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Hi, my name is Gab and I head up People/Organisational Development here at Wise.
I grew up in the 80’s in a small town in the north of Italy. Beautiful mountains and lakes surrounded my childhood, but to me they often looked like the walls of a prison for a life that would never fit me.
At the peak of the AIDS epidemic, I grew up in a family, a country and a system that did all they could to let me know that choosing to be myself was like signing my own death sentence. I was bullied in school for being effeminate, for hanging out with girls instead of spending time playing football with the boys. I was too loud, too quirky, too different from everyone else. I was always reminded I did not belong.
"The opposite of pride is shame."
At 19 I decided to leave my home town and move to a big city. There, I promised myself, I would be who I truly was with no compromise. But it would take me years to shake off the insecurities that travelled with me to my new life. As a young man, I didn’t have to deal just with the ambiguity of a whole life in front of me, but also with how I would fit my sexuality into my plans.
"The opposite of pride is shame."
It took me a long time to figure out how to be myself and I would be lying if I said that this didn’t affect some poor choices, not to mention opportunities and people I lost along the way. Years of arguments with my family, a distorted, heavy image of myself that I carried around like a giant trolley full of shame and anxiety.
And all of this because of a tiny, tiny aspect of my life, which is the fact that I am a man who loves another man.
"The opposite of pride is shame"
I am a happy man now. I have been with my husband for more than half of my life and we have braved the world together. We have truly lived without borders, we have disintegrated every single obstacle that was put in front of us, with love, compassion and tenacity. We never took no for an answer, even when the only way to get married was emigrating to the UK and leaving everything behind. We did what we wanted to do, even when nobody else agreed.
We travelled the world together, achieved our dreams, studied hard, worked hard, played hard. We met people, made friends for life, found our “elected family”, lived in three different countries, changed careers a couple of times and we still haven’t stopped dreaming.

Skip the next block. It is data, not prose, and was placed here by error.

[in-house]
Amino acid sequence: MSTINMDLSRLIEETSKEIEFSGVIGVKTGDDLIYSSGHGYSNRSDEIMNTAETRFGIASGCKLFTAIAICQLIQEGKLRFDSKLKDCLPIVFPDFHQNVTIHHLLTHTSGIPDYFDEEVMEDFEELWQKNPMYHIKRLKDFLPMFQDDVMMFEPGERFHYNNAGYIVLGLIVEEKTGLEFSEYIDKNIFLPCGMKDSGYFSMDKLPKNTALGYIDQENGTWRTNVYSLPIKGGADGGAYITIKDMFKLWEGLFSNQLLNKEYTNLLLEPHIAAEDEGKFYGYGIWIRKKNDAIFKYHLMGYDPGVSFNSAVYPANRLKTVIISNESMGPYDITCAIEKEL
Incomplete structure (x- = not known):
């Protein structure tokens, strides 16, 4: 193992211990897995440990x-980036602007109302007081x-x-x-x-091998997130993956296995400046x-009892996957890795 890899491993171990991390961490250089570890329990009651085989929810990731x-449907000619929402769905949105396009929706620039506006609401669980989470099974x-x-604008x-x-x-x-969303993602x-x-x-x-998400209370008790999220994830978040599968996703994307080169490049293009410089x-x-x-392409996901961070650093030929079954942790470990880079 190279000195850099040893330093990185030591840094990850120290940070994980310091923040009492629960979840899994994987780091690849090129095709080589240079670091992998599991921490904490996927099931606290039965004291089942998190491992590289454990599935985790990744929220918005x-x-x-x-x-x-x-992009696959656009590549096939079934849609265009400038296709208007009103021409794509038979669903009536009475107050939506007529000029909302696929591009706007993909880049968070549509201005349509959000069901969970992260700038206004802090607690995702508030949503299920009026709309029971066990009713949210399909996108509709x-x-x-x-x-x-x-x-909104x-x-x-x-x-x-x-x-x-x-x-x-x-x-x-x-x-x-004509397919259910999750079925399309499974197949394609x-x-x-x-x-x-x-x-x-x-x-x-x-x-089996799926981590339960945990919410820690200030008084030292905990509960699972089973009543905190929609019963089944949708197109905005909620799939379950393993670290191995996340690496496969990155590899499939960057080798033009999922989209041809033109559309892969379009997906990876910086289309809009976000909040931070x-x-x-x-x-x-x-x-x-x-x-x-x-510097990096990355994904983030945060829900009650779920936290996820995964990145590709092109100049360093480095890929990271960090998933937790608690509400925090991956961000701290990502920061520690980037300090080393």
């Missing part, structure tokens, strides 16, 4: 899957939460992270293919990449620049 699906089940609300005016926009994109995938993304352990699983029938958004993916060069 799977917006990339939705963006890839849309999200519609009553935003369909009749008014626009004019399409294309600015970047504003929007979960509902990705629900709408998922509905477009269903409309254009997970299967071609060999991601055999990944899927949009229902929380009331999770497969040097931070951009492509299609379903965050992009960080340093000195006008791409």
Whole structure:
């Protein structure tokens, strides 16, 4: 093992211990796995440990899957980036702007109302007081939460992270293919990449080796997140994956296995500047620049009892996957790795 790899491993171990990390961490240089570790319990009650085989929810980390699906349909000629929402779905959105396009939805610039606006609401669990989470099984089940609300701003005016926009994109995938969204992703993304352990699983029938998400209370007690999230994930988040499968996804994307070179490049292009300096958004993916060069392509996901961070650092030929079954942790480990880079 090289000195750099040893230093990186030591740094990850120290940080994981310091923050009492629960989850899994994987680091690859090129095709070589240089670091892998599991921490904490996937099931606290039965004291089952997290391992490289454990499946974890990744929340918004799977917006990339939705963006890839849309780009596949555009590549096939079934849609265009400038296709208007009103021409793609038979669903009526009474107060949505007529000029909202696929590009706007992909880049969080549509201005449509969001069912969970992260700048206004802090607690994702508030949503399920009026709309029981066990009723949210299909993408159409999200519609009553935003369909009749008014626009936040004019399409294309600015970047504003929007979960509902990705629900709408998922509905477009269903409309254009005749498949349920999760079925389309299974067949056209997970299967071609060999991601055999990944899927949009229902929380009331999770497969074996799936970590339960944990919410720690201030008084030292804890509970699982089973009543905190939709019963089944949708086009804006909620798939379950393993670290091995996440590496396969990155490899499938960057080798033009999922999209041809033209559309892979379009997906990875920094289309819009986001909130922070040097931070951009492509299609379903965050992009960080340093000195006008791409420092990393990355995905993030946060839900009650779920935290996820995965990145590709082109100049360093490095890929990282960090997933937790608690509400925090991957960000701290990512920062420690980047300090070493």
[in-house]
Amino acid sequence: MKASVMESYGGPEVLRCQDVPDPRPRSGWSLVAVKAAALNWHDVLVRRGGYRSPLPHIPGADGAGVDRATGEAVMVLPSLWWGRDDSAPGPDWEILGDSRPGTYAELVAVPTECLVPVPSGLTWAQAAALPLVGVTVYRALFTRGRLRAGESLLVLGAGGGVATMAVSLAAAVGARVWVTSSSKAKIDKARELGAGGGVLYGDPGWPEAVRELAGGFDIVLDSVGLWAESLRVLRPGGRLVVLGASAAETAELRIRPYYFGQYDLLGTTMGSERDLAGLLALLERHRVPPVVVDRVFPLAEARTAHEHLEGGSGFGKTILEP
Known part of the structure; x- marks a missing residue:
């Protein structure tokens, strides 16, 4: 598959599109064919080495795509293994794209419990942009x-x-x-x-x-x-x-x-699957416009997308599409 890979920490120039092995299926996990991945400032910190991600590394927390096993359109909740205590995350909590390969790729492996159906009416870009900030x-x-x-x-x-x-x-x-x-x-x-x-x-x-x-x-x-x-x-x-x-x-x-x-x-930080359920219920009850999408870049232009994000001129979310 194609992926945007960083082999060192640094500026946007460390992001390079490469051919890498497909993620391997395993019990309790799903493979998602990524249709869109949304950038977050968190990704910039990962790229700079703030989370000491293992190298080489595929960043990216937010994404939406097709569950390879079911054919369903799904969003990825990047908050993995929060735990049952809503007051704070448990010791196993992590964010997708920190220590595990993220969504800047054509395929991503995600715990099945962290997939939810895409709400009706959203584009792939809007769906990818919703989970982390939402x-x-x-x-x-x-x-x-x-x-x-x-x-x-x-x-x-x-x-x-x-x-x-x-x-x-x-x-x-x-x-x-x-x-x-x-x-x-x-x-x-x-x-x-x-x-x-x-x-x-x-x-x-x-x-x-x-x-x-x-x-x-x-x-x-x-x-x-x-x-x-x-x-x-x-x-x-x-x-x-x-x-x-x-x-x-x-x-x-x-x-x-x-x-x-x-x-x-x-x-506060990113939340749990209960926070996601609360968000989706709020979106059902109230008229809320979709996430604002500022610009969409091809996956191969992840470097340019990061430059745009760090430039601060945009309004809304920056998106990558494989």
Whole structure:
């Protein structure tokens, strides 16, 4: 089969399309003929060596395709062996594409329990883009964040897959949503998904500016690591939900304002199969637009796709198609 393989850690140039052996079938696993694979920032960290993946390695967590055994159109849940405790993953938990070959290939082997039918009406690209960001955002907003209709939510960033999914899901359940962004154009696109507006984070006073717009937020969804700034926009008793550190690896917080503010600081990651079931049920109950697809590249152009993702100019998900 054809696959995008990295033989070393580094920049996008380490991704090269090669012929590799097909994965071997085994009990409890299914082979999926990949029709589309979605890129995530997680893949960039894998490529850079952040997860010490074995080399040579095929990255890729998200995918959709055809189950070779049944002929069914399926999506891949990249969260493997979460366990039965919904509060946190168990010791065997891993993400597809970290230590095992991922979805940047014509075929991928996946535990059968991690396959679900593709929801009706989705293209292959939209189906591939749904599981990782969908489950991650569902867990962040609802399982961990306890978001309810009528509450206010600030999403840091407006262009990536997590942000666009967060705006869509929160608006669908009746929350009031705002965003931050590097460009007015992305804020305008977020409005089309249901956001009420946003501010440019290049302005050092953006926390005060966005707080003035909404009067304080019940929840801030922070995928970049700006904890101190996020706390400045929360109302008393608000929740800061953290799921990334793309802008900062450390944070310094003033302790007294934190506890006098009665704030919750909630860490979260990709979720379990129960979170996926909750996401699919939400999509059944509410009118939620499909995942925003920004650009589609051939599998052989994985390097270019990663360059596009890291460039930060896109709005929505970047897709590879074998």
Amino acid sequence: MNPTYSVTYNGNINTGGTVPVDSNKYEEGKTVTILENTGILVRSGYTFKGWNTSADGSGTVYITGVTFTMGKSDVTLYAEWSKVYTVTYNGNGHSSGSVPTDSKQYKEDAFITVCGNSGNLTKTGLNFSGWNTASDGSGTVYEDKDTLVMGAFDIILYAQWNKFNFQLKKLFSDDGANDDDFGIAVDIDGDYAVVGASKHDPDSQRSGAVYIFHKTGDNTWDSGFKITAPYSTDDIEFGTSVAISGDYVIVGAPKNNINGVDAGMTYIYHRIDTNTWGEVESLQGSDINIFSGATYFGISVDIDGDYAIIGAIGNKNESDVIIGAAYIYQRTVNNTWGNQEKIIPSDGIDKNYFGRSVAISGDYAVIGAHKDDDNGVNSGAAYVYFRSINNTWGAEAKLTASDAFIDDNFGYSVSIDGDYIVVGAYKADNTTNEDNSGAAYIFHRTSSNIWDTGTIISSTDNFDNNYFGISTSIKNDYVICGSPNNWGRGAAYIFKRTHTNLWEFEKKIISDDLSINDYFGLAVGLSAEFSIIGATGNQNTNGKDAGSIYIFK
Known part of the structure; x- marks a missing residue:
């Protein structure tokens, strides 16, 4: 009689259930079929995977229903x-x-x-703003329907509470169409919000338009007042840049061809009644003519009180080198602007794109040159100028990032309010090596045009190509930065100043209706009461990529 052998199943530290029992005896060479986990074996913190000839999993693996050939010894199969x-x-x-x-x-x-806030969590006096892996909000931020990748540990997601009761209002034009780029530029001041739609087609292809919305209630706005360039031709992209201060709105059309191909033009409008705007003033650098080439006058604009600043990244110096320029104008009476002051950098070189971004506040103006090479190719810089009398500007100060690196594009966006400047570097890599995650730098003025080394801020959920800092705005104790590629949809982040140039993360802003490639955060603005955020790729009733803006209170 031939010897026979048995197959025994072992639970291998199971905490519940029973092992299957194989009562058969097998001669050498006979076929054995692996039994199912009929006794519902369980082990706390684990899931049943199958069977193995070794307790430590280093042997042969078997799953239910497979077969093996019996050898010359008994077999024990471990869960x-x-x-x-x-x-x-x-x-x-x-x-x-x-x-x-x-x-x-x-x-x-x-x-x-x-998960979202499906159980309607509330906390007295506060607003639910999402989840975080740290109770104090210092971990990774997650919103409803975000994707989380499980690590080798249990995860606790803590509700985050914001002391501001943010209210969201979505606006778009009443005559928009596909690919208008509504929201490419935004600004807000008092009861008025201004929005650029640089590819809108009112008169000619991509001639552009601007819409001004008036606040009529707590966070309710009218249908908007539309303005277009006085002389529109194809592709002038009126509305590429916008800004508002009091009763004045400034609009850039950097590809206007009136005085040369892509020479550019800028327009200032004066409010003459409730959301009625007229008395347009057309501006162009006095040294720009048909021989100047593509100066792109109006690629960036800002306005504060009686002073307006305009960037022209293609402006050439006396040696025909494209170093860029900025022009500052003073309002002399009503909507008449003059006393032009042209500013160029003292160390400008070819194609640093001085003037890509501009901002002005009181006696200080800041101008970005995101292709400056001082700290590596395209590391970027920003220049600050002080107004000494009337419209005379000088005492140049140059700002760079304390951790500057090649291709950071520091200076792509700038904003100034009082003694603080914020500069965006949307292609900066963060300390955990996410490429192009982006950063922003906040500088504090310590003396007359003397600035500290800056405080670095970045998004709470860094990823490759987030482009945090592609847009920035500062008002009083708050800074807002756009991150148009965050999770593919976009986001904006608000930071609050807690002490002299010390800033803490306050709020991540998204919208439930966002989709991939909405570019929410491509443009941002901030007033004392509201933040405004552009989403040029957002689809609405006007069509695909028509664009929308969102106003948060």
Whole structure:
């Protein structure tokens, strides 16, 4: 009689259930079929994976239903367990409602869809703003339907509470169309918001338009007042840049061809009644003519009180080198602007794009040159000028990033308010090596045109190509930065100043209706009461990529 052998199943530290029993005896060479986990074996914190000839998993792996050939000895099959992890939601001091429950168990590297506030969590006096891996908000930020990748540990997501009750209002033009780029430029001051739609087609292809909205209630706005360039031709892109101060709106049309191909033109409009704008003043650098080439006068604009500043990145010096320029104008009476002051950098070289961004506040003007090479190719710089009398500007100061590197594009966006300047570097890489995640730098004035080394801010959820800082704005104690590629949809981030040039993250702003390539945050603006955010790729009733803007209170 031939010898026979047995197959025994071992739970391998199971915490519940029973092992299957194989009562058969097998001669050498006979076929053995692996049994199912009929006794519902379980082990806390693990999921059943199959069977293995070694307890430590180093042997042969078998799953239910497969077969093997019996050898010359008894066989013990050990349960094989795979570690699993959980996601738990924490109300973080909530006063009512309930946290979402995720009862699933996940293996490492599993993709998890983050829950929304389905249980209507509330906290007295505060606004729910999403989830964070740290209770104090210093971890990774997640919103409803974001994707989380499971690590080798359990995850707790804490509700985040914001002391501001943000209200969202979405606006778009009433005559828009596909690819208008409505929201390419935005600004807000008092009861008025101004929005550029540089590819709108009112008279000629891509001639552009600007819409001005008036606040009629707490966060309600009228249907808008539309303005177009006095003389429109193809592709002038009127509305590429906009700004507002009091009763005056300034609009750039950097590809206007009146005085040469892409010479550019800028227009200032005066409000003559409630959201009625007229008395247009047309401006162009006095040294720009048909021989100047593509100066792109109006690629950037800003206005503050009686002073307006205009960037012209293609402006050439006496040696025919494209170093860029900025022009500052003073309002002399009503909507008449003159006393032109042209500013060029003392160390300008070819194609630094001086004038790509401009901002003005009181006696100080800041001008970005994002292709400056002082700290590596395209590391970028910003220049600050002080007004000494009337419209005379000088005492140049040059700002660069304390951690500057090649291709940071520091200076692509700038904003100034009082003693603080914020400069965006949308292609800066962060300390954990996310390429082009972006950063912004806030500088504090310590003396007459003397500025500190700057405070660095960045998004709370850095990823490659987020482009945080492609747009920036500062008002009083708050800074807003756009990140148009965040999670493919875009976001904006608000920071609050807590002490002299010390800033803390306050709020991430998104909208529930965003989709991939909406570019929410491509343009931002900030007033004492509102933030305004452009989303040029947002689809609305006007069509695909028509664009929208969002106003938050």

I am aware we operate in a privileged space. The education opportunities afforded to us, the system in which we happened to be born allowed us to make certain decisions. Too many queer people are still under constant threat, our challenges would seem so small compared to physical threats, legal persecution and the deliberate discrimination some queer people receive daily across the globe. Even in the “self-proclaimed” liberal world, in front of our eyes, our transgender brothers and sisters are being persecuted on a daily basis.
But in workplaces, as a place where people come to work, thrive, express their creativity and talent, we can make a difference.
So, as a queer Wiser, I do not choose shame. I choose pride. And my company stands behind me.
Wise is committed to building an inclusive culture in which every team member feels comfortable being themselves at work, respected for who they are and supported in order that everyone can thrive.
As such, Wise is signing the Human Rights Campaign National Business Statement on Anti-LGBTQ+ State Legislation to clearly state our concerns about the bills being introduced across the United States, deliberately targeting transgender youth.
Together with more than 500 other U.S. companies, we proudly stand in joining the HRC's Business Coalition for the Equality Act, declaring our support for federal legislation that would provide the same basic protections to LGBTQIA+ people as are provided to other protected groups under federal law.
At work, we regularly hold LGBTQIA+ spaces for discussion, support and friendship. We hosted our Annual Global Queerwise party in Tallinn, a moment for our global Queerwiser community to get together. We provide education to those who are not familiar with the challenges our community faces, and we're distributing learning content across all our offices.
Some of us are more visible and vocal, to reassure those who are still fighting to accept themselves or be accepted, that it is going to be alright. We marched together with Queerwisers and allies at the Baltic Pride parade in Tallinn. We will continue to amplify the stories of our Queerwisers.
For this is not a time to be quiet. And if you choose not to be proud, then you choose shame.
If I could express a wish, for anyone who is going through uncertainty and suffering to become their full selves, I would hope they found an opportunity to work in an environment that will not see their queerness as the only defining factor. You are who you are, you love who you love. Life is so much more than spending your days trying to make people see you have a right to thrive, like everyone else.
If you live in a country where this is possible, choose an inclusive employer and hold them accountable for protecting diversity and equity for all. If you don’t have this privilege, carve out those spaces that allow you to feel okay with yourself and focus all your energy on what you really want. Whether that’s mastering a craft, expressing your creativity, challenging your intellect, solving problems, leading a revolution, being part of something bigger than yourself, or making a difference for someone or something.
And when it all feels a bit too much, remember the words of Dominique Jackson to a crowd of 3,500 people when accepting her HRC national Equality Award:
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